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Tom and Bob,Thanks for taking the time to point me in the right direction! I very much appreciate it. Tom, I'll check out the threads you mentioned. Bob, I'll probably have to re-read your post once or twice, but it's very helpful. I guess the problem is that although I can understand abstractly how LODs work, I don't have a good grasp of how they overlay scenery and are used by FS2002. I'll get there though... this is good information. Oh, and I'd love to have a copy of that spreadsheet. I believe my email is visible through this forum system.thanks again for the enlightenment!-Bill

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Hi Bill.All the info needed to determine locations for TMF water, TMF flattens, TMF lines, or TMF decals can be found by using fsregen], by George Ioannu. I use this program all the time for TMF calculations.The button to click is TMF Calculator. That brings up a window called Christian's Calculator. Type in a coordinate of where you want a decal, go to the bottom and click calculate, and a plethora of information becomes available... including an example of the BGLC code needed for locating these TMF items. FLATTEN_DATA contains the LOD13 quadrant sub-reference.FLATTEN_POINT is the x,y reference within the LOD13 quadrant FLATTEN_GROUP contains the LOD8 quadrant reference.All TMF decals ( all flattens, water, anti-water, lines, CFS2 lines/polys, decals ) use the LOD8 quadrant for location. LOD8 splits the entire world into a grid of North to South, West to East, 512x768 quadrants... for a total of 393216 LOD8 quadrants. The numbering is 0-511 and 0-767. Christian Stock's TMFMacros.inc places the locational LOD8 GROUP elements as y,x rather than the more common x,y. TMFs then use a further subdivision of the LOD8 GROUP area split into a 32x32 grid ( which corresponds to an LOD13 DATA size ). The numbering for these in the BGLC code is confusing at first, but George's tool makes understanding this unnecessary. There are 3 entries... x, sub-x, y. x splits the LOD8 group, in the longitudinal direction 8 ways ( 0-7 ), West to East.sub-x splits the x division into 4 sub-parts ( 0-3 ). The total longitudinal split of the LOD8 GROUP is now 1/32... an LOD13 size.y splits the LOD8 GROUP latitudinally into 32 parts, directly ( 0-31 ), North to South. The LOD13 area is further split into a 255x255 POINT grid ( numbered 1 to 255... 0 is accepted but may lead to "visual artifacts" in the decal ). This definition means a single POINT represents 4.8 meters square, at the equator ( approaching 0 by 0 at the poles ).BGLC code can span several LOD8 GROUPs, and several LOD13 DATA sub-areas.The only other locational info needed for BGLC coding are the Header Bounds... same as any traditional Header... I usually give + or - 1 degree each way NSEW , and round off the Latitude/Longitude, to envelope the LOD8 GROUP areas.There may be alterations to the basic set of BGLC macros in the future, as more knowledge is developed, and user-friendliness becomes a greater issue. I think for now, we're better off sticking to Christian's macro definitions in TMFMacros.inc, and the additions I made with CFS2TMFmacros.inc[/i. In fact, the reason we have 2 sets of include files is I didn't want to mess with Christian's set. We could end up with 100 different variations of macro files! This way, we all have the same terms and definitions to discuss.That's all there is and there ain't no more. :)P.S.Sorry I didn't respond directly to the e-mail you sent me about this, but the forum allows everyone to get an explanation.Dick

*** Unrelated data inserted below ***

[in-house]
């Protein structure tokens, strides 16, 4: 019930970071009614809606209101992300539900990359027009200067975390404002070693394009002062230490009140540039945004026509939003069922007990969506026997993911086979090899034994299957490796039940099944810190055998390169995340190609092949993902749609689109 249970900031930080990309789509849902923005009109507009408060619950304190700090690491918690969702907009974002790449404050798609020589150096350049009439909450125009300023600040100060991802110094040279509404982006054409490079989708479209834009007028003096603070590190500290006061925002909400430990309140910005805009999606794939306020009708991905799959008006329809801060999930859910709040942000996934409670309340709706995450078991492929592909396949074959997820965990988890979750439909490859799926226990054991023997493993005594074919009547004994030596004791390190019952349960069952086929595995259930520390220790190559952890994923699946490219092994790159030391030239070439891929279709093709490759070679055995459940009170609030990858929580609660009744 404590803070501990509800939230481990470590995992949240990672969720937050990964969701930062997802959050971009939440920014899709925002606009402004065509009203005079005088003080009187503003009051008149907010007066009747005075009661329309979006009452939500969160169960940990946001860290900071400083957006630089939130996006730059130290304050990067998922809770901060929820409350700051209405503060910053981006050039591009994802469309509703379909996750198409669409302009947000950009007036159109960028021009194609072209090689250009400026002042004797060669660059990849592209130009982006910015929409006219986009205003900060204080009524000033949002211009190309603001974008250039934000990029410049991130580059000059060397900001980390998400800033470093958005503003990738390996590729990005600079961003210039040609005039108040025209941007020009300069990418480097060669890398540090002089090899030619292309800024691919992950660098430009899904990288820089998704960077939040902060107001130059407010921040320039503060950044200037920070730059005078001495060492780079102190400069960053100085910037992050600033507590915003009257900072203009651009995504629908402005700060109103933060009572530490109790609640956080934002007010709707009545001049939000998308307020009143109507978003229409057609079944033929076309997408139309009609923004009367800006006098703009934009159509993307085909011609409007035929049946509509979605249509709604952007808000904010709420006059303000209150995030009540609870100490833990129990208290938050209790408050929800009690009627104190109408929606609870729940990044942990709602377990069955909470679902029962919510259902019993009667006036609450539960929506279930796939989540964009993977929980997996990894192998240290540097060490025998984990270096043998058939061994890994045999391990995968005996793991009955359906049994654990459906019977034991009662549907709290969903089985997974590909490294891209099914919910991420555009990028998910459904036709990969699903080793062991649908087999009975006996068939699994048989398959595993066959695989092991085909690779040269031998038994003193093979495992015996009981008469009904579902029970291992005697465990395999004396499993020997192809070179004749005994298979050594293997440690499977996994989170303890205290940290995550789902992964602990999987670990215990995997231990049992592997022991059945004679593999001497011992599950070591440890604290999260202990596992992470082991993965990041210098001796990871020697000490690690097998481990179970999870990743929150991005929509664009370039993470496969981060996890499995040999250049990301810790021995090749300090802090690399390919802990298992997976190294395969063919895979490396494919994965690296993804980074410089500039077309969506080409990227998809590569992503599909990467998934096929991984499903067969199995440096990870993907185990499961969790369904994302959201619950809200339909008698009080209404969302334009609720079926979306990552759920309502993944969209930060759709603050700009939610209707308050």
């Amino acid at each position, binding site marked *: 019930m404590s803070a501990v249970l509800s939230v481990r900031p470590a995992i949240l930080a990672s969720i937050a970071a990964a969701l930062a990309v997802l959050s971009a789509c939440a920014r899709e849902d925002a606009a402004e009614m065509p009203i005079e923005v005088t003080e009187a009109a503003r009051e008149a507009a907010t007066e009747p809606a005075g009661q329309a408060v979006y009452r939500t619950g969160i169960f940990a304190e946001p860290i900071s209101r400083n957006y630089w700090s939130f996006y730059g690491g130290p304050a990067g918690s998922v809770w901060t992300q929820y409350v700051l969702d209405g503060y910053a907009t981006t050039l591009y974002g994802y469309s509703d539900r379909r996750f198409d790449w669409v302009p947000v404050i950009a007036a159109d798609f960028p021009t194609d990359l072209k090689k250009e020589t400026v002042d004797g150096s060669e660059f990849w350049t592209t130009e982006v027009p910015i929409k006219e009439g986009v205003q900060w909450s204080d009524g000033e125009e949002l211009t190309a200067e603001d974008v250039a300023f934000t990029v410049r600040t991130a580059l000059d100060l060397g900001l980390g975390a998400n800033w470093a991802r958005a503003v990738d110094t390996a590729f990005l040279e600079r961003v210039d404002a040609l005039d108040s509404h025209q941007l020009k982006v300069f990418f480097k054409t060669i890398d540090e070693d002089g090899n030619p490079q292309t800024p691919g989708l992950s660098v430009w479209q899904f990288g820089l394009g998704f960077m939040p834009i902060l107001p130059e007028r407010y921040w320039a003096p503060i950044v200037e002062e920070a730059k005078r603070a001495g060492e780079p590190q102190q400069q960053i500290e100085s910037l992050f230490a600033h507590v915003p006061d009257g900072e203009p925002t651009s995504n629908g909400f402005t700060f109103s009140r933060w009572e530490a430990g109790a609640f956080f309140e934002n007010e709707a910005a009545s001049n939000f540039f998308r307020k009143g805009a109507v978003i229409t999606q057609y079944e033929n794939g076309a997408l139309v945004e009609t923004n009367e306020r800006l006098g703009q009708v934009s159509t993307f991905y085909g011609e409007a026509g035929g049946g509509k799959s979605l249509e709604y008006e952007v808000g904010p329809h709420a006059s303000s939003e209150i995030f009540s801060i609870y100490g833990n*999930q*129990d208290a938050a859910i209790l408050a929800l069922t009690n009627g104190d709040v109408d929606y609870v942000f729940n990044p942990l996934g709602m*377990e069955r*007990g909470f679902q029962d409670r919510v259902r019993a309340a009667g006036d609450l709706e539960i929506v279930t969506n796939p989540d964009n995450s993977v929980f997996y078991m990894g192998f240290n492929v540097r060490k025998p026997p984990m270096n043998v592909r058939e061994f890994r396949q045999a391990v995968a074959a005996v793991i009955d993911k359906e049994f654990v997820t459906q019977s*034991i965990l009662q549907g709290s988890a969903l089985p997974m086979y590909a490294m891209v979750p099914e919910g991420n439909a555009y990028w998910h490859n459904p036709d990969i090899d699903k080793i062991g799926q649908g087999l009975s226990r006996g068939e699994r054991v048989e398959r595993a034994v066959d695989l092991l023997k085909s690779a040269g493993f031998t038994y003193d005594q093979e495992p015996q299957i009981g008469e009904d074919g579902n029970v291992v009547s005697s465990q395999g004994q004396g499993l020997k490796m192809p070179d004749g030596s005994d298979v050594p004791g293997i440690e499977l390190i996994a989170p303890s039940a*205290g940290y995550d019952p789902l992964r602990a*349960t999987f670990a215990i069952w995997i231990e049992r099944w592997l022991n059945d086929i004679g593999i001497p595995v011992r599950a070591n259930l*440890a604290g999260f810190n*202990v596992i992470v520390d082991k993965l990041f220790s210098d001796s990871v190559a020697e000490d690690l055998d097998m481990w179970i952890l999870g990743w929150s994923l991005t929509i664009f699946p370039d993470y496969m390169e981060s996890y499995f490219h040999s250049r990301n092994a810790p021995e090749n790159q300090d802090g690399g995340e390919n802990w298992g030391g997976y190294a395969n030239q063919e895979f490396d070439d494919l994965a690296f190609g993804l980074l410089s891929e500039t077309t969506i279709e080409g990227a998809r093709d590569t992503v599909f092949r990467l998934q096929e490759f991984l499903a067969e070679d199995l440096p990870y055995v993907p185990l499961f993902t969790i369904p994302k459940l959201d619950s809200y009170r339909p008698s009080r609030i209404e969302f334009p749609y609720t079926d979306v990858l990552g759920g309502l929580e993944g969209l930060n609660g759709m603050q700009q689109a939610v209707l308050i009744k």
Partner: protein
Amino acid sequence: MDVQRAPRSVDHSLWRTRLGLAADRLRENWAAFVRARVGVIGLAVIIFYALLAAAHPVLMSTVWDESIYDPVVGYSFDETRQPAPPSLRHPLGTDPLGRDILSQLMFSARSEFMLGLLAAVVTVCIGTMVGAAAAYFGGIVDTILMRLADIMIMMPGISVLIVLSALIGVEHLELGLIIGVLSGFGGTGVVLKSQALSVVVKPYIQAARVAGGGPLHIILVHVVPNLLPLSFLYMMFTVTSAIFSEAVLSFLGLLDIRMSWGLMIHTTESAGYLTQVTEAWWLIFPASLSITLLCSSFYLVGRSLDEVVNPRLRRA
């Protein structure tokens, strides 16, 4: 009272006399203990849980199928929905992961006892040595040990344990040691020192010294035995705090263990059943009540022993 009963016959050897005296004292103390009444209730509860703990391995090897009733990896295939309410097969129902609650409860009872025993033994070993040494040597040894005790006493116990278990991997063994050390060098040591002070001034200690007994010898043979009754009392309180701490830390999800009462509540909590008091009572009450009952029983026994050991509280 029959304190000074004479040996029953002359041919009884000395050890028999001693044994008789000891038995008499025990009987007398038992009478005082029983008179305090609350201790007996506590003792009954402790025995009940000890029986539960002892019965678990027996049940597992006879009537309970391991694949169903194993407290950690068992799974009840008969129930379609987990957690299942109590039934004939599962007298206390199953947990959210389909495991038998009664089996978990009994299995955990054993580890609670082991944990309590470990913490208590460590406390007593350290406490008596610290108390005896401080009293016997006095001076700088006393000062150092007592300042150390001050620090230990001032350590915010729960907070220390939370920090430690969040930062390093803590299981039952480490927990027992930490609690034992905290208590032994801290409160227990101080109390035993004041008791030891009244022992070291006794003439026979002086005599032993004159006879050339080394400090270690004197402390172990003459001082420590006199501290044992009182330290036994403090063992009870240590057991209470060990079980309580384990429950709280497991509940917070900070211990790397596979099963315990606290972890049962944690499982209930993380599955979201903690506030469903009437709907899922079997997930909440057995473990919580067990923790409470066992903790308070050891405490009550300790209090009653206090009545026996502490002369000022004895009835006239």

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Rhumbaflappy! What can I say? Thanks for the EXCELLENT reference! I've learned more in the last 24 hours of messages by the likes of you, Tom and Bob than I might have in a month or more of digging on my own. That is to say, I still have a lot of cloudy, dark parts in my understanding, but I can see the sun poking through now, and that's exciting. I'm now confident that I can at least plot where I want my decals to go in both the LOD13 and LOD8 quads, so that's a beginning. I'm going to go through now and re-read some of the other posts you've made on the subject. Once my brain gets interested in something like this, I can't let go of it... I've been (literally) losing sleep for a week trying to get a handle on it. This will be a big help.thx,Bill